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Published: October 14th 2010
Seeing the broken wreckage of a military helicopter near the runway of Sana’a International Airport as my flight landed confirmed most people’s impressions of Yemen - a dangerous and lawless land where there is an average of three guns for every man, woman and child the country. The other impression of a conservative and closeted country was apparent earlier on my flight, for if one turned their gaze from the landscape of burnt hills that arose from the pale desert, they would notice that every woman on the flight wore a niqab
. Many people had warned me away from visiting here due to the security situation, but the lure of the Old City of Sana’a proved too strong.
Yemen’s claim of being the poorest country on the Arabian peninsula became quickly apparent. Gone were the modern facilities and gleaming terminals of other middle Eastern airports such as Dubai and Doha, instead I entered the immigration queue at a darkly drab and dated building that would be more likely to see in the father reaches of Africa.
After receiving an entry stamp in my passport, I passed into a dreary baggage claim area where my baggage was checked. For the
second time in as many years (the previous instance being North Korea), my camera caused much consternation. The official’s eyes widened when he glared at my sizable Nikon D300 and he immediately spat out, “You journalist?!”, and before I could answer he scuttled off to find his supervisor.
Shortly after, another gentleman with a serious countenance arrived, glanced at my camera and its accompanying lens, and stated, “Journalist?!” Thinking it now an appropriate time to commence using the Arabic I had been dutifully learning for the past five months whilst working to and from work, I replied “La, hukooma”
(“No, government”). The official continued, “How long are you here?”, and again my reply came in Arabic, ”Hamsa yom”
(“Five days”). A pause ensued, so I added in English, “I’m tourist”. Another pause followed. The official's eyes began to smile before the rest of his face revealed his inner thoughts, and with a large grin he pronounced, “Enjoy your stay” and strode off. This was not the only time when people would question if I was a journalist during my stay in Sana’a.
After exiting the airport, I was soon in a taxi heading to my hotel in historical
Boy working in father's tailor store - Yemen, Sana'a
Many children would work in their family's stores once they finished school.
Old Sana’a. Though a capital city, the roads varied for dual carriageways to potholed dirt and bitumen roads, all lined by buildings of varying dishevelment. It was a stark comparison to my most recent stop of Kuwait City.
I audibly gasped as when entered the Old City, for it was as if I had just arrived in a town lifted from the pages of an Arabian fairytale. The taxi drove through the twisting roads which lay at the bottom of narrow canyons of towering thin buildings, with facades resembling gingerbread houses decorated with vanilla frosting. Men dressed in loose earthy-coloured clothes with a solid jambiya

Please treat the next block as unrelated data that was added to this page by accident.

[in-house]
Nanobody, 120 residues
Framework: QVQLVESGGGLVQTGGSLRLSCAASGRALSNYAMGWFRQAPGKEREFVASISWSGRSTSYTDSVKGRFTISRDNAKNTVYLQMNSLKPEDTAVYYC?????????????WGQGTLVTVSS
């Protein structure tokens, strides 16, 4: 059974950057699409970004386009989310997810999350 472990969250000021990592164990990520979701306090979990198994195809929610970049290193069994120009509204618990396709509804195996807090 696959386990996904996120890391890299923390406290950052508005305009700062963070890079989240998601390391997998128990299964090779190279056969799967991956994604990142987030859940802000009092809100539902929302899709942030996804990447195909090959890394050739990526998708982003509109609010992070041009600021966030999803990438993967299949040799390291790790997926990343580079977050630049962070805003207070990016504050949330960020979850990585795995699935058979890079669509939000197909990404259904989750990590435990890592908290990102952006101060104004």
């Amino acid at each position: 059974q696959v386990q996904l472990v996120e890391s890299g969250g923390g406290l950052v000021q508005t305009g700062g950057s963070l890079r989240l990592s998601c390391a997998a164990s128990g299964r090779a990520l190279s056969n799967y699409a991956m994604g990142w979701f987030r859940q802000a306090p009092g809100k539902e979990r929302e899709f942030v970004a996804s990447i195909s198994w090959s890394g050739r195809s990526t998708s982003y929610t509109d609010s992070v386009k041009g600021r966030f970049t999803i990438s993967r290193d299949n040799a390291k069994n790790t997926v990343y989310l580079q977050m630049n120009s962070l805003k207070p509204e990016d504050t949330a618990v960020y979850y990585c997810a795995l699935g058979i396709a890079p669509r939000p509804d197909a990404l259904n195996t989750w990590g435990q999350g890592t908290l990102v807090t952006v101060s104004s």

(dagger) hanging from the front of their belts idled to their destination and children frolicked in the streets, squealing and chasing each other in frivolous games.
The narrowness of the roads prevented the taxi taking me to the door of my hotel, so I collected my backpacks and concluded the last part of my journey by foot. The hotel was a typically narrow building of this area which are normally made from stone, mud-blocks or bricks. Climbing the steep stairs to my lovely corner room with arabesque furniture, wooden shutters that creaked in
the wind, carved skylights and whitewashed walls, the room overlooked a communal garden where neighbouring residents would share an open plot of land. I was thankful for the room upgrade, mainly due to me being the only guest.
I immediately plunged into the marvel that is Old Sana’a, and in doing so, stepped back to an age many centuries past, men would haggle at the donkey markets at the price of their beasts, camels still being used to grind oils, and the sharp sound of metal marked the work of a blacksmith. The souqs
(markets) contained a array of items; everything from spices, grains, through to clothing and oversized brass ornaments. Some shops were small, no more than two metres wide but much deeper, whilst others were more substantial so one could walk inside. I was gaining a lot of attention from people during my roamings because I seemed to be the only tourist in the city. In fact, it took three days before I managed to meet other foreigners.
As is typical with the Middle East, the richest resource is the people. I am unsure what tourism campaign the government has embarked upon, but the most common